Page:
Tulsa Skyride takes first step toward National Register of Historic Places listing

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By John Dobberstein, Editor

The Tulsa State Fair Skyride has been deemed to be eligible for the National Register of Historic Places by the Oklahoma Historical Society State Historic Preservation Office.

This step with the National Register, “underscores the skyride's historic significance and that the skyride is worth preserving,” said Scott Martin, a producer who is currently filming a documentary about the history of Bell’s Amusement Park. The documentary will include the community’s effort to save the Skyride.

Martin said amusement park historian and author Steven Wilson prepared the application for the Tulsa Skyride's preliminary opinion from the Oklahoma Historical Society State Historic Preservation Office. He launched TulsaSkyride.org in 2021 to increase awareness of and appreciation for the Skyride and to explore ways to make it “better than ever before.”

The office issued a preliminary opinion letter on the Tulsa Skyride's eligibility for the National Register of Historic Places.

The letter states that based on materials provided and a review of files, “it’s our opinion that the property is individually eligible for the National Register of Historic Places at the local level of significance” under criteria for entertainment and recreation due to its association with the Tulsa State Fair and the International Petroleum Exposition.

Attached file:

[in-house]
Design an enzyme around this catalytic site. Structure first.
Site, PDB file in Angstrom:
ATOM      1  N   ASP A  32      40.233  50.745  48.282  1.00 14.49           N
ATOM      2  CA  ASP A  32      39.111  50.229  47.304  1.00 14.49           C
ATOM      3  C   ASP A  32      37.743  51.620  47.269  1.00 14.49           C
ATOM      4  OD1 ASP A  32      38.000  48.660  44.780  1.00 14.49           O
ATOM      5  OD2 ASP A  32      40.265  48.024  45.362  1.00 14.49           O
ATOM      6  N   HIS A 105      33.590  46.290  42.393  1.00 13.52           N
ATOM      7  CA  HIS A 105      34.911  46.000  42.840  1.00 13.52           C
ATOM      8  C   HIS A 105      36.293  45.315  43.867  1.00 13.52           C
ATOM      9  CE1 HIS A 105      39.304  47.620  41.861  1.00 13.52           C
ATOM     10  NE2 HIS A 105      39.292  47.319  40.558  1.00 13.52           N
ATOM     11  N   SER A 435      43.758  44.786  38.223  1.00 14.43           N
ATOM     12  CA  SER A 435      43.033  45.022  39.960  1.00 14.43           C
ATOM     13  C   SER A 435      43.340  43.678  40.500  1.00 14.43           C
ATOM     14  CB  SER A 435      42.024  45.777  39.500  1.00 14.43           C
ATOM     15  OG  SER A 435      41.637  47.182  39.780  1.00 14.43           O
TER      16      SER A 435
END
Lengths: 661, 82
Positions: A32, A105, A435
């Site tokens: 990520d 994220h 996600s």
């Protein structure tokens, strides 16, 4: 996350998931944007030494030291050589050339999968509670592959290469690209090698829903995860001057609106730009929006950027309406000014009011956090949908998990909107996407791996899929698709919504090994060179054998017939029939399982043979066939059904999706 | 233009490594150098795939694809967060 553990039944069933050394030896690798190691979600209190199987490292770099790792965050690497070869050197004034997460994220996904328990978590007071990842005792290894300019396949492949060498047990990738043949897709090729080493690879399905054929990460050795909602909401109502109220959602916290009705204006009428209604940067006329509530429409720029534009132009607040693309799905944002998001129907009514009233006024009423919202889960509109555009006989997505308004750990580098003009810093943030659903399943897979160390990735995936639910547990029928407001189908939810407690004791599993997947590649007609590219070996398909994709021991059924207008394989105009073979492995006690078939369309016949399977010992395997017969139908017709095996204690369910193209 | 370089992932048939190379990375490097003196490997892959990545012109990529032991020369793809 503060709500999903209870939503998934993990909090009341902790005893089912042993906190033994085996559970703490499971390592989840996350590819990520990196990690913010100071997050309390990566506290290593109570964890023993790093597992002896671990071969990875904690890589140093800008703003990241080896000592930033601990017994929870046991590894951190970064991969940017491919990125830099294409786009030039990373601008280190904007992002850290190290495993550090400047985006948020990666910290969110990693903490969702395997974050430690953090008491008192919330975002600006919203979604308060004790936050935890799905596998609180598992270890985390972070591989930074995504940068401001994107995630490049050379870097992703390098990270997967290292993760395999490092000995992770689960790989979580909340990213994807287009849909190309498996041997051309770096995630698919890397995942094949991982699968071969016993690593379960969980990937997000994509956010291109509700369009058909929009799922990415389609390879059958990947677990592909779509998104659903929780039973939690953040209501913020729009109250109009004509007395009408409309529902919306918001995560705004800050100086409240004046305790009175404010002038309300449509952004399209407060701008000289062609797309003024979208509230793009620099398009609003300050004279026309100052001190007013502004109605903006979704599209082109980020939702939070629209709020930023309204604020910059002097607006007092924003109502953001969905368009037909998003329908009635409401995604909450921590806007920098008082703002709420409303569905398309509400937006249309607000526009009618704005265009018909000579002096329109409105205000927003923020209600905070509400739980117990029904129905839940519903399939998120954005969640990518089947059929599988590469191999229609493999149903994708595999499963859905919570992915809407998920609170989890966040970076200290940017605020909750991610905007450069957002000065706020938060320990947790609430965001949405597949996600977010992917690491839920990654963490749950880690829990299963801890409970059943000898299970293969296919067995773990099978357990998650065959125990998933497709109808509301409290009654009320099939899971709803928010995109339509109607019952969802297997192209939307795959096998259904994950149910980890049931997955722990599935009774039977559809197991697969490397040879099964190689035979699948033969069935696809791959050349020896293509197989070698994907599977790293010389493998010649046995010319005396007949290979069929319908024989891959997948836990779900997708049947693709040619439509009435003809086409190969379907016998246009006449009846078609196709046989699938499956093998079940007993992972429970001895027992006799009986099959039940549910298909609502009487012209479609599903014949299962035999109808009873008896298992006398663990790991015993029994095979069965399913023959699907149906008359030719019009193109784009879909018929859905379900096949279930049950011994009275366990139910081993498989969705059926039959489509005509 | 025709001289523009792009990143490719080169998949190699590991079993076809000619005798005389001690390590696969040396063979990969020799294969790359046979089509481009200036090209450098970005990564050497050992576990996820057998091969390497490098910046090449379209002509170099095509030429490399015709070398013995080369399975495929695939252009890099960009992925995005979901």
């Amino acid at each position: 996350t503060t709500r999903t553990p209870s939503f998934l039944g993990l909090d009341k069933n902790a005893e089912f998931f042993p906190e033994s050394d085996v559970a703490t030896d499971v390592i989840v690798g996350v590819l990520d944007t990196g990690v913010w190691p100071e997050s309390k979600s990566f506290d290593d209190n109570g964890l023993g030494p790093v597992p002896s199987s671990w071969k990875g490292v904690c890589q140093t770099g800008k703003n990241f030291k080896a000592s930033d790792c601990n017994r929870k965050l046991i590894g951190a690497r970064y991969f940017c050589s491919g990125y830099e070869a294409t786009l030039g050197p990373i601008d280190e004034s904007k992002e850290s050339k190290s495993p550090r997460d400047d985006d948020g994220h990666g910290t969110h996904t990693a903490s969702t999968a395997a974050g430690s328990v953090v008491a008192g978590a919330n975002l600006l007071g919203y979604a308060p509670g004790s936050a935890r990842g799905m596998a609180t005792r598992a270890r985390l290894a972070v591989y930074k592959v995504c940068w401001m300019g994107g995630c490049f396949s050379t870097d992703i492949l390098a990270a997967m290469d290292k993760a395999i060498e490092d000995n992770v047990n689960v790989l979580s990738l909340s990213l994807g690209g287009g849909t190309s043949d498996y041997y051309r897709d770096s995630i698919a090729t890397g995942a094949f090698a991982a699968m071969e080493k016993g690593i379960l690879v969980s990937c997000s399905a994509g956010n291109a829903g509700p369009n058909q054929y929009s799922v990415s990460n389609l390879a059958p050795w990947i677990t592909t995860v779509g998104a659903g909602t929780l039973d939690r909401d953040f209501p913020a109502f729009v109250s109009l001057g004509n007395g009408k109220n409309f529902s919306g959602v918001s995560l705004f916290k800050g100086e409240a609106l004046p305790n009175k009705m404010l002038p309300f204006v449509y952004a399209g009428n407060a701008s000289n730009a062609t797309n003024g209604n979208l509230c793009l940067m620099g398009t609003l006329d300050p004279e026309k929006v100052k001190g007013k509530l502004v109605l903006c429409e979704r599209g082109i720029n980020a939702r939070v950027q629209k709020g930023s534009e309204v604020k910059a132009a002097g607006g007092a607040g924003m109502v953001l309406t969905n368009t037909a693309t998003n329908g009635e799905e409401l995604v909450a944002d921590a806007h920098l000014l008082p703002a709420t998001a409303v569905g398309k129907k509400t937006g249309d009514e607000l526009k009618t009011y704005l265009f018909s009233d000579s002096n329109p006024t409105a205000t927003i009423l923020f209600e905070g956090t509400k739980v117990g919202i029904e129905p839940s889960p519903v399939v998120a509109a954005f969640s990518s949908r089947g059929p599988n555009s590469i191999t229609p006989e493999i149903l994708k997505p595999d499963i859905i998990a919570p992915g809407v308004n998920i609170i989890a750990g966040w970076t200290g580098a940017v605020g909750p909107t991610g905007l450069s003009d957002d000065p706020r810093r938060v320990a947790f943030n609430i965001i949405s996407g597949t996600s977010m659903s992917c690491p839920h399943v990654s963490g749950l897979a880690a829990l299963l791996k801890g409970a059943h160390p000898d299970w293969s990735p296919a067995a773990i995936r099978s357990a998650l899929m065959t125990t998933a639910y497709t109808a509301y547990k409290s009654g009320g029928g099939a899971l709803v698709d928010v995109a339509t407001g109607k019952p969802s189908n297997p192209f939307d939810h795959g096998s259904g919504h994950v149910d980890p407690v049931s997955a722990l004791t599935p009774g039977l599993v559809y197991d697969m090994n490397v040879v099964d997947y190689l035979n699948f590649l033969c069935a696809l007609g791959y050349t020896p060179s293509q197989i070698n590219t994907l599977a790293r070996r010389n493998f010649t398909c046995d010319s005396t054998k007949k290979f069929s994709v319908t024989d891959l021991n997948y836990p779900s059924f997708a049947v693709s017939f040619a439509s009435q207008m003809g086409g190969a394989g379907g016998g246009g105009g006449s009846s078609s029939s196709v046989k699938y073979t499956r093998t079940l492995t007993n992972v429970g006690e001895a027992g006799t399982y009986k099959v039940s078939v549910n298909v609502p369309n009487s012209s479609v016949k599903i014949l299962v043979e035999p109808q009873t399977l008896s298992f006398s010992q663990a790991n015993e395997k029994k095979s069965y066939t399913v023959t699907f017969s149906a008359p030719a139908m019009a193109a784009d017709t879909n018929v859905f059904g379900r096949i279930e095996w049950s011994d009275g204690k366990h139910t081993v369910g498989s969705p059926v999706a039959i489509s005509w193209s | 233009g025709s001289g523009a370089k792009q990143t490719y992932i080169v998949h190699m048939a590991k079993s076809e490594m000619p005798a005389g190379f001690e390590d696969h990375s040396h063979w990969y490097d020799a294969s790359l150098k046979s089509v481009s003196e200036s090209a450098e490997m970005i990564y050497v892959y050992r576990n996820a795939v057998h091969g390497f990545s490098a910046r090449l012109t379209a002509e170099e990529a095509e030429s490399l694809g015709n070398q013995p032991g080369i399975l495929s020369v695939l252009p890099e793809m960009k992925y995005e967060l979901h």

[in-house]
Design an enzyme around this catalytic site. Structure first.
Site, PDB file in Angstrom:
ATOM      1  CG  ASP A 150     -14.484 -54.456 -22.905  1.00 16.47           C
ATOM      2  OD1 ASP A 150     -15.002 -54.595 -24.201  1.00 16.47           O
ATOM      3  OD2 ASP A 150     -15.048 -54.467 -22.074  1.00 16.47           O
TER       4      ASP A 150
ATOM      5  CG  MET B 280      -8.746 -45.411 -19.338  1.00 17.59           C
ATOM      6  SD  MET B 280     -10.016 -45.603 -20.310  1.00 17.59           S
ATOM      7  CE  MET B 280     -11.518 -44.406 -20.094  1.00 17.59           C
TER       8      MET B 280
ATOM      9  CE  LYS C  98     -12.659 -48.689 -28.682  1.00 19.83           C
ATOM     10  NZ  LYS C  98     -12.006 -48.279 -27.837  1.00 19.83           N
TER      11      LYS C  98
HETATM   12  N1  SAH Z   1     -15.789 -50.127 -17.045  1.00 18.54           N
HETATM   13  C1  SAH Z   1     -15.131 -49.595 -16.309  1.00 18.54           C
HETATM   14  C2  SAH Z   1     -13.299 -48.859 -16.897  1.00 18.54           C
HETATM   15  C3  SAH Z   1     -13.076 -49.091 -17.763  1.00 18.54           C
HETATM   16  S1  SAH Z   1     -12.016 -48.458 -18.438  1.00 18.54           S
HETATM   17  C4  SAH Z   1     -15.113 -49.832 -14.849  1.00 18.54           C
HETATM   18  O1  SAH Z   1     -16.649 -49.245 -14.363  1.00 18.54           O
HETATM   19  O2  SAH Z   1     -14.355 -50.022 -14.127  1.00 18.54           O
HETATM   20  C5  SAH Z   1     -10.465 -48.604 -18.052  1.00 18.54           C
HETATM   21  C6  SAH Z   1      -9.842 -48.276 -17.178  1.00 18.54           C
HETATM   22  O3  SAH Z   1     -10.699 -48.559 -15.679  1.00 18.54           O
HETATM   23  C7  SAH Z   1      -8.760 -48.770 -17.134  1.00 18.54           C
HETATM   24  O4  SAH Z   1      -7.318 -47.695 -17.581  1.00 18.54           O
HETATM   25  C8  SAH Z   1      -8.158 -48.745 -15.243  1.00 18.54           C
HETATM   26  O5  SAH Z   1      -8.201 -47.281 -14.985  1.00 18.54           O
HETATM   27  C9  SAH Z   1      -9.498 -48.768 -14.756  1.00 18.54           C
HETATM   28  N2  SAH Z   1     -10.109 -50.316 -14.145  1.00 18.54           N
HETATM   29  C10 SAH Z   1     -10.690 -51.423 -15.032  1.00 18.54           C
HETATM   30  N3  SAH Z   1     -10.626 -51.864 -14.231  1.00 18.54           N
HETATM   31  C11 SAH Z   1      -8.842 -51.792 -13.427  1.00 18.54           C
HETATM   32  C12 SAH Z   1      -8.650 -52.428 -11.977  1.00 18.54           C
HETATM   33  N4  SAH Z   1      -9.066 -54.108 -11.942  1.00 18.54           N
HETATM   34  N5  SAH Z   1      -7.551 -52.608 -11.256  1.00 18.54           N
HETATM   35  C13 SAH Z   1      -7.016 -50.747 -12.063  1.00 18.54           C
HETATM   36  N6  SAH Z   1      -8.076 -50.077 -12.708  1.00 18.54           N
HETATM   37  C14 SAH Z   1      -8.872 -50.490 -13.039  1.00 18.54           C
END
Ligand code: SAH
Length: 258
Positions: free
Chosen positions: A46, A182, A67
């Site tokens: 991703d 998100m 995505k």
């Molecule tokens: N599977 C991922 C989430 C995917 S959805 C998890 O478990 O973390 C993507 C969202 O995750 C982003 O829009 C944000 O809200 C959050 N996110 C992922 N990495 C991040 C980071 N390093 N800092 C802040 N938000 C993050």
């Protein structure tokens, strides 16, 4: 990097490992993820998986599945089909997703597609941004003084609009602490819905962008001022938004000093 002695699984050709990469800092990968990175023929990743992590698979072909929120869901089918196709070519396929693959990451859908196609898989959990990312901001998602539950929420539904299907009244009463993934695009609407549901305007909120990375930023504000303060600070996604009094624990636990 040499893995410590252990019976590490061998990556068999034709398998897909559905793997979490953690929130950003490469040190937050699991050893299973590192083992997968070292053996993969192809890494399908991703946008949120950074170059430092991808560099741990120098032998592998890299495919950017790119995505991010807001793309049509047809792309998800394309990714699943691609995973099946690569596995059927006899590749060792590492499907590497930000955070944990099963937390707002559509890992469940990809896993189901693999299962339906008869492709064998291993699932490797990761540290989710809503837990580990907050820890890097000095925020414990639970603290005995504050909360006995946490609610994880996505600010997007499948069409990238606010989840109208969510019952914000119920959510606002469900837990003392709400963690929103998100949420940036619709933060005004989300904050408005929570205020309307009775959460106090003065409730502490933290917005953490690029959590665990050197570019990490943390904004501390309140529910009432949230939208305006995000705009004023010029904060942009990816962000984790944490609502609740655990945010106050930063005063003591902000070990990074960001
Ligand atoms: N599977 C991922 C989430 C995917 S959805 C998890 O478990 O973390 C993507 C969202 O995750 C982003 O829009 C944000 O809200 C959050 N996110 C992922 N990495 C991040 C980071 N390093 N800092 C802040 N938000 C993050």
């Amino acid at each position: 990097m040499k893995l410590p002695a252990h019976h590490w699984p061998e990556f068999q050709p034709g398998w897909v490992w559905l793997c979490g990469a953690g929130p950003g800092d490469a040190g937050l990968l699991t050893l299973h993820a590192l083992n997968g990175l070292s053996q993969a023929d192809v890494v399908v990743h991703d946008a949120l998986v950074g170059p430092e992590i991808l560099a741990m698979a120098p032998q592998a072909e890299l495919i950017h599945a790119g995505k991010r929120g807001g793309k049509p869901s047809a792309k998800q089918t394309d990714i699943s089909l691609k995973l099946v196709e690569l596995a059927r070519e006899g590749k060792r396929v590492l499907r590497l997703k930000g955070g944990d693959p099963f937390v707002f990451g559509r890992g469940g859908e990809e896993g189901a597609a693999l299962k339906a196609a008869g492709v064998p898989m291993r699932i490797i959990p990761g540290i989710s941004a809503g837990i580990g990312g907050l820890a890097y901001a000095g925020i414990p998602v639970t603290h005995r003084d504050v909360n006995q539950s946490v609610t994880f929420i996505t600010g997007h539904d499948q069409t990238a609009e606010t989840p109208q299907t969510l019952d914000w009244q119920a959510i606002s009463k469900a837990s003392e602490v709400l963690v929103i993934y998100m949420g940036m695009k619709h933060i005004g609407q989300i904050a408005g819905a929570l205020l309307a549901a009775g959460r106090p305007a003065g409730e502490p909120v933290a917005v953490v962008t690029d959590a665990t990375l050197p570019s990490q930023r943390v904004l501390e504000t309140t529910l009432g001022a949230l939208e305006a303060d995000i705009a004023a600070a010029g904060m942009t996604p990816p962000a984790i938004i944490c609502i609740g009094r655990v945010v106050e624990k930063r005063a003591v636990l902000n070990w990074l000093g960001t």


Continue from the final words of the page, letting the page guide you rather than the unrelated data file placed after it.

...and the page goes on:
The office also believes the Skyride is eligible under the “engineering” criteria at the statewide level of significance as an aerial gondola system associated with Von Roll Ironworks.

Supporters of the Skyride said this marks an important first step in the process of being added to the National Register of Historic Places.

The next step is to complete the formal nomination for the State Historic Preservation Office to submit to the U.S. National Park Service which administers the National Register program. The National Register of Historic Places is the official list of our country's historic places worthy of preservation.

Although being listed on the National Register does NOT provide protection against demolition of the Skyride, it provides limited protection and possible eligibility for possible grants and tax incentives.

Opened in 1965, the Tulsa Skyride was manufactured by Von Roll Ironworks of Bern, Switzerland. Walt Disney introduced Von Roll skyrides to the U.S. when he added the Skyway attraction to Disneyland in 1956. Soon thereafter Von Roll skyrides were found across the U.S.

Currently, the Tulsa Skyride is one of only ten Von Roll skyride installations remaining in the U.S. It has not operated since the end of the 2019 Tulsa State Fair.

In May, Expo Square announced it was eliminating the Sky Ride, citing concerns about safety and cost of maintenance, and demolition preparations were made.

Discussions have also been ongoing about finding another operator for the ride.

Since that time, advocates for the Skyride revealed the ride had just completed a 5-year, $450,000 renovation in 2019.

Martin believes a “transparent process with input from the public, Doppelmayr, the previous skyride operator, ropeway and amusement industry experts, Expo Square, and the Tulsa County Public Facilities Authority should lead to getting the skyride running again.”

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